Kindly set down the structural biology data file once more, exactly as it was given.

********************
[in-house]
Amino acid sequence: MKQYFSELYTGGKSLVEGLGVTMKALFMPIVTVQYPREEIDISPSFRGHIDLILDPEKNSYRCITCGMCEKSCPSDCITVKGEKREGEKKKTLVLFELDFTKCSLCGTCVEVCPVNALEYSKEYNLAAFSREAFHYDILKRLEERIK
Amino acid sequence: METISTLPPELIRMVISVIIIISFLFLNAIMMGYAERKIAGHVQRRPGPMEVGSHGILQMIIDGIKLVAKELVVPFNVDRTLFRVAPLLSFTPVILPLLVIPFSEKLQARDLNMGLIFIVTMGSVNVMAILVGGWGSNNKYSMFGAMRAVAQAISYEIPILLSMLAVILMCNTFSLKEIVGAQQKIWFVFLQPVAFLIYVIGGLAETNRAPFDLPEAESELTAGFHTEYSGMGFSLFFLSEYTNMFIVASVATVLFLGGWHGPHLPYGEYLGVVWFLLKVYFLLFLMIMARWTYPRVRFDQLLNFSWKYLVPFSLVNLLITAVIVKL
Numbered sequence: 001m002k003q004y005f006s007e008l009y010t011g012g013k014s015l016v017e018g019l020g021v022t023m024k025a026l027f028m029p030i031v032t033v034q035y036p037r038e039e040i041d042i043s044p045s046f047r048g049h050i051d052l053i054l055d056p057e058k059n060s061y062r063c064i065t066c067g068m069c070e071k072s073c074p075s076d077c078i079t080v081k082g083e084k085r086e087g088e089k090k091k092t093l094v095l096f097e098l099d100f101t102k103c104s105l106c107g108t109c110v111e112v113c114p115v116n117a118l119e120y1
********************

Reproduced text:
[in-house]
Amino acid sequence: MKQYFSELYTGGKSLVEGLGVTMKALFMPIVTVQYPREEIDISPSFRGHIDLILDPEKNSYRCITCGMCEKSCPSDCITVKGEKREGEKKKTLVLFELDFTKCSLCGTCVEVCPVNALEYSKEYNLAAFSREAFHYDILKRLEERIK
Amino acid sequence: METISTLPPELIRMVISVIIIISFLFLNAIMMGYAERKIAGHVQRRPGPMEVGSHGILQMIIDGIKLVAKELVVPFNVDRTLFRVAPLLSFTPVILPLLVIPFSEKLQARDLNMGLIFIVTMGSVNVMAILVGGWGSNNKYSMFGAMRAVAQAISYEIPILLSMLAVILMCNTFSLKEIVGAQQKIWFVFLQPVAFLIYVIGGLAETNRAPFDLPEAESELTAGFHTEYSGMGFSLFFLSEYTNMFIVASVATVLFLGGWHGPHLPYGEYLGVVWFLLKVYFLLFLMIMARWTYPRVRFDQLLNFSWKYLVPFSLVNLLITAVIVKL
Numbered sequence: 001m002k003q004y005f006s007e008l009y010t011g012g013k014s015l016v017e018g019l020g021v022t023m024k025a026l027f028m029p030i031v032t033v034q035y036p037r038e039e040i041d042i043s044p045s046f047r048g049h050i051d052l053i054l055d056p057e058k059n060s061y062r063c064i065t066c067g068m069c070e071k072s073c074p075s076d077c078i079t080v081k082g083e084k085r086e087g088e089k090k091k092t093l094v095l096f097e098l099d100f101t102k103c104s105l106c107g108t109c110v111e112v113c114p115v116n117a118l119e120y1